You don't buy an operating system. You buy a gadget that runs a program. The gadget and its software are one unit.
I call this Invisible Linux.
Once again, the channel has been lost to Windows. Efforts to use Taiwanese OEMS and their tiny netbooks to create real competition for Windows at retail have been lost.
But Jim Zemlin is not deterred. Nor should Linux advocates. Because what he is suggesting has a certain logic to it.
This is the pitch he gave at CompuTex. Use Linux in your gadget, show only the application, and capture the extra margin.
I have seen people on this trip sporting the new HTC Mobile phone, a Google Android phone made in Taiwan, so the message is getting through. You don't need to know if your GPS system is running Linux, or your phone, or any other embedded device performing a set of defined tasks.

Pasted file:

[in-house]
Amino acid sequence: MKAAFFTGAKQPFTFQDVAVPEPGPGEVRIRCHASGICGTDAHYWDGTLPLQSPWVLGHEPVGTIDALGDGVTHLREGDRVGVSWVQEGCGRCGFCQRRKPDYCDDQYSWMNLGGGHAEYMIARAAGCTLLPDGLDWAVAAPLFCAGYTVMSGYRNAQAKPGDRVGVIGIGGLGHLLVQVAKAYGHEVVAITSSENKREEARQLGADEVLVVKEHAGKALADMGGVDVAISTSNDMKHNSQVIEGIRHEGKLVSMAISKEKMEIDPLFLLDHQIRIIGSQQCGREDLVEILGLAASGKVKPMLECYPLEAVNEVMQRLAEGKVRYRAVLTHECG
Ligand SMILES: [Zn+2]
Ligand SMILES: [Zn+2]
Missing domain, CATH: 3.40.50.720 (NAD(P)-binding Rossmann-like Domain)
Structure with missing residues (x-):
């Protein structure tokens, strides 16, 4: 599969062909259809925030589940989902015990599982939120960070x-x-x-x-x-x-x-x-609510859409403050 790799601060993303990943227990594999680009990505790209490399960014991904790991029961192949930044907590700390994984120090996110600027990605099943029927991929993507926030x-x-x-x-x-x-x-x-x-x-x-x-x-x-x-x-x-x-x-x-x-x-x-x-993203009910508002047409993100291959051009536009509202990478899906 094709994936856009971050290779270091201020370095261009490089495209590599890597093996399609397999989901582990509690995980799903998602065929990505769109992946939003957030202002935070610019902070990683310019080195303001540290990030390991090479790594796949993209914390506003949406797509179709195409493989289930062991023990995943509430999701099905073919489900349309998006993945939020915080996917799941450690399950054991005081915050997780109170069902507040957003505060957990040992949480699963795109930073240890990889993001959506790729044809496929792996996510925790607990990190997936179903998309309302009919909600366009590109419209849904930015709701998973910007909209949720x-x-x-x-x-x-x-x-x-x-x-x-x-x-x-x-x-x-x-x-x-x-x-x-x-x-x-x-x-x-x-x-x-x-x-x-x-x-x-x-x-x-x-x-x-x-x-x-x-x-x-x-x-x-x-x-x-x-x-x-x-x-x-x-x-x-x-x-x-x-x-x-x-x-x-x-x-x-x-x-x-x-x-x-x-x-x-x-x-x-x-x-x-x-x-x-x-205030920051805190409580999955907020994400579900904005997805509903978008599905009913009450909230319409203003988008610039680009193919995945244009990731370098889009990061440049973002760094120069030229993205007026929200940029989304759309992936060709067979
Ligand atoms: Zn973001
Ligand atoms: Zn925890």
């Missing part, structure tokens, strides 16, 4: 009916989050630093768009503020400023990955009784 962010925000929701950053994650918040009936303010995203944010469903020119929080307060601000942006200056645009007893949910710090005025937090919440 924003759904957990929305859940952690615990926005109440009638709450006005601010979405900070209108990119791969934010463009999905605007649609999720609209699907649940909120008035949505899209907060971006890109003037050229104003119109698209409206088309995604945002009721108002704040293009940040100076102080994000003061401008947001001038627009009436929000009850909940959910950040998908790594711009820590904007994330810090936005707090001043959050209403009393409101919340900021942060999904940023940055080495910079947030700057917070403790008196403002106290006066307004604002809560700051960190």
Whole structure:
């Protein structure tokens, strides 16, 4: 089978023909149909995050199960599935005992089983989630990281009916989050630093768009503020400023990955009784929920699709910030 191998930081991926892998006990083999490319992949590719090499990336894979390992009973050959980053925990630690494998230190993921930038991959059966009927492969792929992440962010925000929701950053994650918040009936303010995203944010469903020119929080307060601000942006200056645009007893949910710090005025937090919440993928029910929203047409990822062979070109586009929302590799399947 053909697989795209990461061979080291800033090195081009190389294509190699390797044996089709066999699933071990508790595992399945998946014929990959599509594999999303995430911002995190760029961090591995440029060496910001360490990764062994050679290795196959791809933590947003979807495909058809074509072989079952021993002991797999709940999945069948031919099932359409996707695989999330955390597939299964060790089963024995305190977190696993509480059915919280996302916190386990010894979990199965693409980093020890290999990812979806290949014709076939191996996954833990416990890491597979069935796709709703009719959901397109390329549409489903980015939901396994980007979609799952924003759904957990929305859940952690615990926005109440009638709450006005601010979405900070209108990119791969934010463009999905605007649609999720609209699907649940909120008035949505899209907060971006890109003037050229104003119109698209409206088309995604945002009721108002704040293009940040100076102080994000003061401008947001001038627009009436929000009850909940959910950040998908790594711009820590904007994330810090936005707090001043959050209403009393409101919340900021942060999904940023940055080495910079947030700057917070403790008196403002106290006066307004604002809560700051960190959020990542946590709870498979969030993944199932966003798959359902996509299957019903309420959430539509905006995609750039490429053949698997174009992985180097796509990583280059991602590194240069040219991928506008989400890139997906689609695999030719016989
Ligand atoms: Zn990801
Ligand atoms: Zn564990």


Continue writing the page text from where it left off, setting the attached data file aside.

At the same time you don't need to know that Google runs Linux, that most top Web sites run Apache servers under Linux, or that your office may be running Linux right now, while what looks like your Windows desktop is actually a virtualizer.
Bill Gates' heirs have done a masterful job pushing Windows up and down the channel. But tomorrow's products may not use that channel. They may not need it.
Who cares whether Linux is visible or invisible, so long as it's there? Do you? [poll id="103"]